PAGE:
This schooling is followed by four years of dental school to qualify as a "Doctor of Dental Surgery" (DDS) or "Doctor of Dental Medicine" (DMD).
Dentists need to complete additional qualifications or continuing education to carry out more complex treatments such as sedation, oral and maxillofacial surgery, and dental implants.
According to the World Health Organization, oral diseases are major public health problems due to their high incidence and prevalence across the globe, with the disadvantaged affected more than other socio-economic groups.
The majority of dental treatments are carried out to prevent or treat the two most common oral diseases which are dental caries (tooth decay) and periodontal disease (gum disease or pyorrhea).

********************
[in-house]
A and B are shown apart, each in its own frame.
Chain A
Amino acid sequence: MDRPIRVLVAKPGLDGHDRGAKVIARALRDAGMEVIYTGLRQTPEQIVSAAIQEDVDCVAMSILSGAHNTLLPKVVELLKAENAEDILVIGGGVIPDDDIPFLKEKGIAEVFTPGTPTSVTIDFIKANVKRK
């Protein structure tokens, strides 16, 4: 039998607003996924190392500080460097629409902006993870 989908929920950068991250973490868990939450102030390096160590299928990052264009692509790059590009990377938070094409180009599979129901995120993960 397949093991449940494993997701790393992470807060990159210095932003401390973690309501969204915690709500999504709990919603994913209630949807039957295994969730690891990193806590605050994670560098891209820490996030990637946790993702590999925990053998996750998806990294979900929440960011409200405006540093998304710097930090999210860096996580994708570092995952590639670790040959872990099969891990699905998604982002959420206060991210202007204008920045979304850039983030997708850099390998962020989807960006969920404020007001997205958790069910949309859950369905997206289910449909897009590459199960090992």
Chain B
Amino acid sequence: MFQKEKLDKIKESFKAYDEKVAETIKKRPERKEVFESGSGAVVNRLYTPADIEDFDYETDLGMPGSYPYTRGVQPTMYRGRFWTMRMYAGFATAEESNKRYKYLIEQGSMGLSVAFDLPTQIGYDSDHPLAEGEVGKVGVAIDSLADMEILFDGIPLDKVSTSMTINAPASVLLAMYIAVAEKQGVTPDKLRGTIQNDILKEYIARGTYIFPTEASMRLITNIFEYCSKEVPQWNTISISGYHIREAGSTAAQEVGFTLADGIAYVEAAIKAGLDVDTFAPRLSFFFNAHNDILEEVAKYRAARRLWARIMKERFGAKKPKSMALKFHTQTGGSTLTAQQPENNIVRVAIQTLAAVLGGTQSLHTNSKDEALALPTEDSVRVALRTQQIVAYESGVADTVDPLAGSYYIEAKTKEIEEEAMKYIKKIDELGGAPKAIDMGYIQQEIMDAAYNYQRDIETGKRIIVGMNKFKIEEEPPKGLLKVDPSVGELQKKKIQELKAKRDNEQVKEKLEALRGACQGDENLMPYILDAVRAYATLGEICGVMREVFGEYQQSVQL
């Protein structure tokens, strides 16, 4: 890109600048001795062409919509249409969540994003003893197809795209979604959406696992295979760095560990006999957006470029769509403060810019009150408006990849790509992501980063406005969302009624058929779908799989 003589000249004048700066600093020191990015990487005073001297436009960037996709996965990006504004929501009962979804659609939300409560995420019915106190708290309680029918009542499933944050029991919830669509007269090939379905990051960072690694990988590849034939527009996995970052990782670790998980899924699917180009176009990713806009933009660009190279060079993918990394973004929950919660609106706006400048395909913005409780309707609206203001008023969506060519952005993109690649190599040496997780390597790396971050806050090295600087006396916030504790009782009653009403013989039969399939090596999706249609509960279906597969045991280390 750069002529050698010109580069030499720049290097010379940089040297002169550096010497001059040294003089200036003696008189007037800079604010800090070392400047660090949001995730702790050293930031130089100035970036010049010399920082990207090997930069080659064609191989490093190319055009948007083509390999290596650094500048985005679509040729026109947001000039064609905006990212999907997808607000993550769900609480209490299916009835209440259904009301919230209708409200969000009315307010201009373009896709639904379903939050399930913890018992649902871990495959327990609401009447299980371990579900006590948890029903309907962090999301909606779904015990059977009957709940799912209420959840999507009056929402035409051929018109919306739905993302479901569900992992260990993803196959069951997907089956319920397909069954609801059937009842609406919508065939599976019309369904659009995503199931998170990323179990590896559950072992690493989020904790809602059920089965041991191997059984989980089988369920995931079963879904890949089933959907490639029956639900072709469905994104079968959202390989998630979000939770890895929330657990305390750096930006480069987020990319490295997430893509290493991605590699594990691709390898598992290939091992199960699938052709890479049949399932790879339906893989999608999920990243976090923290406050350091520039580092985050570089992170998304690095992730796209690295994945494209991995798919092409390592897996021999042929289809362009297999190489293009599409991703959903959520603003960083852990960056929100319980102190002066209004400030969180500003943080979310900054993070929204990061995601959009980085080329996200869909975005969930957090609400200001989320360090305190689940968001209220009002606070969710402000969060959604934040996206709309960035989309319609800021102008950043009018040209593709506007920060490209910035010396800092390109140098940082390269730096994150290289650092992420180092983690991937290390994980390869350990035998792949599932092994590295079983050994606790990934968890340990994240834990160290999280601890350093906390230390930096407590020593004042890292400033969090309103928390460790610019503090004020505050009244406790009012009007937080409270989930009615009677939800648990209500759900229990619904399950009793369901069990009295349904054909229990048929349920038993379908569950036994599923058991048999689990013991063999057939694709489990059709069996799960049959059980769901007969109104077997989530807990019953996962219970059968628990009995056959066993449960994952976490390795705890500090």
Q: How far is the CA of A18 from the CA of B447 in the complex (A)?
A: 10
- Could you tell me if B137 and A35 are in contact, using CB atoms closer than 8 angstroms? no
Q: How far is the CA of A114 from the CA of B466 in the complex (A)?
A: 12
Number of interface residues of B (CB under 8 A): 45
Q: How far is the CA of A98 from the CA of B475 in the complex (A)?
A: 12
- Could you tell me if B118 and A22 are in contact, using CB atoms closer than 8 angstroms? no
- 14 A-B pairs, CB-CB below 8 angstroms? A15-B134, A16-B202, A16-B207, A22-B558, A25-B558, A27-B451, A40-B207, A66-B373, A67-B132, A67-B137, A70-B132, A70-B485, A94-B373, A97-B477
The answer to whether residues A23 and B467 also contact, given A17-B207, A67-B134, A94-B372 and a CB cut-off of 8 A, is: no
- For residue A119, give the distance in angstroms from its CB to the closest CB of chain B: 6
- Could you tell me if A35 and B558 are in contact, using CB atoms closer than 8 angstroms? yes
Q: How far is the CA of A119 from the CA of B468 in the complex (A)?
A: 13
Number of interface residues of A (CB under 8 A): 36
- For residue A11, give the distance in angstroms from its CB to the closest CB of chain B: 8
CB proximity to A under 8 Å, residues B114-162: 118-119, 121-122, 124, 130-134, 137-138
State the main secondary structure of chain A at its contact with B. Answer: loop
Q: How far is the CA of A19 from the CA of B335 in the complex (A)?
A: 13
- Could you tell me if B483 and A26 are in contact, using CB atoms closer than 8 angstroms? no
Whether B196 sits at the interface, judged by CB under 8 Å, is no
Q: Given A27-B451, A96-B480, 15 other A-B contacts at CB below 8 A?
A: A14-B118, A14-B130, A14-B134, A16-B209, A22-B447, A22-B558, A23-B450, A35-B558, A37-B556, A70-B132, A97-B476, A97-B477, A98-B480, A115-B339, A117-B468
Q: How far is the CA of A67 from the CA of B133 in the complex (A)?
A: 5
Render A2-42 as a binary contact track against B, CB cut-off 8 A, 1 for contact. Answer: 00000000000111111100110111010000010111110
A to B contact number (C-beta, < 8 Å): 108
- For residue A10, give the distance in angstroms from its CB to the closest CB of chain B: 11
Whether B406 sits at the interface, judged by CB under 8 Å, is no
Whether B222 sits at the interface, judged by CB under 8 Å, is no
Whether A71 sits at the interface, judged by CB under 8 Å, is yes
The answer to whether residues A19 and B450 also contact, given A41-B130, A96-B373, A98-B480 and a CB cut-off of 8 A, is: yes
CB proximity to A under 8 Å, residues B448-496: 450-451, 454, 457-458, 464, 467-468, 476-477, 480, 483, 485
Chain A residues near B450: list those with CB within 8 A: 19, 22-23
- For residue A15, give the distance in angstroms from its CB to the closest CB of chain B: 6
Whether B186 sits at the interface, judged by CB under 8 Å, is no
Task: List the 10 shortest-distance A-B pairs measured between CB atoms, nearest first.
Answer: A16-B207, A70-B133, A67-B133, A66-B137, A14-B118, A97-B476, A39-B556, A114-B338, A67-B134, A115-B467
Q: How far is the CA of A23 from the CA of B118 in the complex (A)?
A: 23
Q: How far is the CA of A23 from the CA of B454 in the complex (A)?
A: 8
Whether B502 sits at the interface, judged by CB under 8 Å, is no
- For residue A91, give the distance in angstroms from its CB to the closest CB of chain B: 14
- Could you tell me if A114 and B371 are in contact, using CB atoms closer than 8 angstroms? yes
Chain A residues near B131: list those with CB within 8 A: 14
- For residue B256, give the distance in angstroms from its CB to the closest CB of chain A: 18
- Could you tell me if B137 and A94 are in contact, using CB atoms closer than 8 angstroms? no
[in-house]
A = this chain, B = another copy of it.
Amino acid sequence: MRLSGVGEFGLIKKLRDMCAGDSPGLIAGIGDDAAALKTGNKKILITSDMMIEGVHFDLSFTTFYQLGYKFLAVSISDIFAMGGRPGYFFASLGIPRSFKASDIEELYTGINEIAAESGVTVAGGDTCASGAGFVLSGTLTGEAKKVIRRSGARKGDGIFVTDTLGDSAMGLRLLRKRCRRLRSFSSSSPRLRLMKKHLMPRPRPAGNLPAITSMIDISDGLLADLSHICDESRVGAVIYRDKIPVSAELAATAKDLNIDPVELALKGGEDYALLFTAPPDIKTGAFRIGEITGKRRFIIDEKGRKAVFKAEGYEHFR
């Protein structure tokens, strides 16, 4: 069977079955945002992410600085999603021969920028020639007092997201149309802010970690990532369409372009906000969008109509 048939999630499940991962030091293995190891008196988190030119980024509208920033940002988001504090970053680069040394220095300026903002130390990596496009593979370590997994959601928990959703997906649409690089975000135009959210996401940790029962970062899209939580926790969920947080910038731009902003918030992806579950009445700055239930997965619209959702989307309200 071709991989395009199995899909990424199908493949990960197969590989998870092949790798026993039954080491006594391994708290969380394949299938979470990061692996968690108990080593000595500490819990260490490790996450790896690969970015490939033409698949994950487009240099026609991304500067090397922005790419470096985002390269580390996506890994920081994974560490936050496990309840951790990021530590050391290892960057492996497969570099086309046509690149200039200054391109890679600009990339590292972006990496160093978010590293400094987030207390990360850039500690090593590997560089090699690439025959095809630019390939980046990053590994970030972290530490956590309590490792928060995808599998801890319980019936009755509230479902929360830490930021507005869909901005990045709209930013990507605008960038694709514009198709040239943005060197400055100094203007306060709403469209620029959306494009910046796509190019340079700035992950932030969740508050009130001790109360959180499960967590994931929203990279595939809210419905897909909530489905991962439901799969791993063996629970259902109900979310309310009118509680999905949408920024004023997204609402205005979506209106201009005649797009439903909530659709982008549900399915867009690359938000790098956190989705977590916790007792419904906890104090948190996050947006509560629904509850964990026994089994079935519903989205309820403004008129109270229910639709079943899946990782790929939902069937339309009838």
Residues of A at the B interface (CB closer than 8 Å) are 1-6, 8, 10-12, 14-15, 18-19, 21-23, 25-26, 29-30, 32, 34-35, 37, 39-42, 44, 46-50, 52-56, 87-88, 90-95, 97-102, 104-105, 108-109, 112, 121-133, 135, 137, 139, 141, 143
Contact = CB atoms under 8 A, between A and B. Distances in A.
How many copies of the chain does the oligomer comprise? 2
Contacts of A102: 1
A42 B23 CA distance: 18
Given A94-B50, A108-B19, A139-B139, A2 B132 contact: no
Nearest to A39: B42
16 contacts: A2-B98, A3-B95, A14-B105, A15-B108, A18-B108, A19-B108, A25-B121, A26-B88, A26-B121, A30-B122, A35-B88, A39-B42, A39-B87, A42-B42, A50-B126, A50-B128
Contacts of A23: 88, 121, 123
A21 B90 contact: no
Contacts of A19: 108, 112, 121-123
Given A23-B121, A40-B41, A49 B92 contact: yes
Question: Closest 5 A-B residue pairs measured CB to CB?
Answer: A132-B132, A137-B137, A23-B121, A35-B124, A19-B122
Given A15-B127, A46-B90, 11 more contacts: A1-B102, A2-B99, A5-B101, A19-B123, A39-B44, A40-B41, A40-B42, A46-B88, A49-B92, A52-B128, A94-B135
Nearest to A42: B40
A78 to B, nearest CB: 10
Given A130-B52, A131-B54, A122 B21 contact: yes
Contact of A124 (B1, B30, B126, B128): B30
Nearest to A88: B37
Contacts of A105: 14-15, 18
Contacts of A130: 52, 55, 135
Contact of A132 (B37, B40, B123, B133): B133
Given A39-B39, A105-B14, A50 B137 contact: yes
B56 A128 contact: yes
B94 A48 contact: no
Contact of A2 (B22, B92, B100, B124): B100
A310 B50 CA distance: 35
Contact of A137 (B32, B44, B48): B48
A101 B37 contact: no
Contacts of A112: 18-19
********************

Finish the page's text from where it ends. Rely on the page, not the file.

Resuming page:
Dentistry usually encompasses practices related to the oral cavity.
Most dentists either work in private practices (primary care), dental hospitals or (secondary care) institutions (prisons, armed forces bases, etc.).
The history of dentistry is almost as ancient as the history of humanity and civilization with the earliest evidence dating from 7000 BC.
Examples include: Ancient Greek scholars Hippocrates and Aristotle wrote about dentistry, including the eruption pattern of teeth, treating decayed teeth and gum disease, extracting teeth with forceps, and using wires to stabilize loose teeth and fractured jaws.
In ancient Egypt, Hesi-Re is the first named "dentist" (greatest of the teeth).